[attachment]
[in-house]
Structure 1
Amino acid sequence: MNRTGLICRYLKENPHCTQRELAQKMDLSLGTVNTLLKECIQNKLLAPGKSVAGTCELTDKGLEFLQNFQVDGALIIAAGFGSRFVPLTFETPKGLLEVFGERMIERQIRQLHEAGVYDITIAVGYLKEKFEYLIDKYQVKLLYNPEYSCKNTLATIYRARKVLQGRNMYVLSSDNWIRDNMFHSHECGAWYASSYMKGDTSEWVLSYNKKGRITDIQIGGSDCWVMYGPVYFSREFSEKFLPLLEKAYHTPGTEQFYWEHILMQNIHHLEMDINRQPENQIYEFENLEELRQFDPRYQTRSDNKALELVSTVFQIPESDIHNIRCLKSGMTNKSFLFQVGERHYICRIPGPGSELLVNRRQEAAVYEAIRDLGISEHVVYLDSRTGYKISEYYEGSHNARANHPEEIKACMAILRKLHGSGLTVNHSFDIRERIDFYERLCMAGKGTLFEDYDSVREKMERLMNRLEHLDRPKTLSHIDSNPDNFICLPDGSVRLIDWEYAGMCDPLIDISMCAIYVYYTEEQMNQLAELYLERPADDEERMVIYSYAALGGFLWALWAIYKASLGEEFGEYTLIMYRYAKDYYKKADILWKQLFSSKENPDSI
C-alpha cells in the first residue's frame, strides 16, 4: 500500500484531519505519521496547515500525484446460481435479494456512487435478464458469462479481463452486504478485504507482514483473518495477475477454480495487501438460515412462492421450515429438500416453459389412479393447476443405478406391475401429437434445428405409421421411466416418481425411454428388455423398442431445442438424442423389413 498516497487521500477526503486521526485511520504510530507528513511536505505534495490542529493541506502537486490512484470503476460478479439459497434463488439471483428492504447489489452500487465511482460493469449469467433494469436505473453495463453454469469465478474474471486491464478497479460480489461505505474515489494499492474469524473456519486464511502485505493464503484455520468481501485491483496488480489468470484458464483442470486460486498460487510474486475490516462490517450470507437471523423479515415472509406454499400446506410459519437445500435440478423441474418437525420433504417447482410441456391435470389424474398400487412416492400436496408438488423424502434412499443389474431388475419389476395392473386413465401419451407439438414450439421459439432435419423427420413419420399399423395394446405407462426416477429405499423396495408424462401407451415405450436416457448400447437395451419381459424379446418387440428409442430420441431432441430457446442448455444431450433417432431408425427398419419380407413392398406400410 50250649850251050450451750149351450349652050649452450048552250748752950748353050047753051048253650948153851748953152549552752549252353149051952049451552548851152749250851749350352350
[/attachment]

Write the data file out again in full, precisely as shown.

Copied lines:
[in-house]
Structure 1
Amino acid sequence: MNRTGLICRYLKENPHCTQRELAQKMDLSLGTVNTLLKECIQNKLLAPGKSVAGTCELTDKGLEFLQNFQVDGALIIAAGFGSRFVPLTFETPKGLLEVFGERMIERQIRQLHEAGVYDITIAVGYLKEKFEYLIDKYQVKLLYNPEYSCKNTLATIYRARKVLQGRNMYVLSSDNWIRDNMFHSHECGAWYASSYMKGDTSEWVLSYNKKGRITDIQIGGSDCWVMYGPVYFSREFSEKFLPLLEKAYHTPGTEQFYWEHILMQNIHHLEMDINRQPENQIYEFENLEELRQFDPRYQTRSDNKALELVSTVFQIPESDIHNIRCLKSGMTNKSFLFQVGERHYICRIPGPGSELLVNRRQEAAVYEAIRDLGISEHVVYLDSRTGYKISEYYEGSHNARANHPEEIKACMAILRKLHGSGLTVNHSFDIRERIDFYERLCMAGKGTLFEDYDSVREKMERLMNRLEHLDRPKTLSHIDSNPDNFICLPDGSVRLIDWEYAGMCDPLIDISMCAIYVYYTEEQMNQLAELYLERPADDEERMVIYSYAALGGFLWALWAIYKASLGEEFGEYTLIMYRYAKDYYKKADILWKQLFSSKENPDSI
C-alpha cells in the first residue's frame, strides 16, 4: 500500500484531519505519521496547515500525484446460481435479494456512487435478464458469462479481463452486504478485504507482514483473518495477475477454480495487501438460515412462492421450515429438500416453459389412479393447476443405478406391475401429437434445428405409421421411466416418481425411454428388455423398442431445442438424442423389413 498516497487521500477526503486521526485511520504510530507528513511536505505534495490542529493541506502537486490512484470503476460478479439459497434463488439471483428492504447489489452500487465511482460493469449469467433494469436505473453495463453454469469465478474474471486491464478497479460480489461505505474515489494499492474469524473456519486464511502485505493464503484455520468481501485491483496488480489468470484458464483442470486460486498460487510474486475490516462490517450470507437471523423479515415472509406454499400446506410459519437445500435440478423441474418437525420433504417447482410441456391435470389424474398400487412416492400436496408438488423424502434412499443389474431388475419389476395392473386413465401419451407439438414450439421459439432435419423427420413419420399399423395394446405407462426416477429405499423396495408424462401407451415405450436416457448400447437395451419381459424379446418387440428409442430420441431432441430457446442448455444431450433417432431408425427398419419380407413392398406400410 50250649850251050450451750149351450349652050649452450048552250748752950748353050047753051048253650948153851748953152549552752549252353149051952049451552548851152749250851749350352350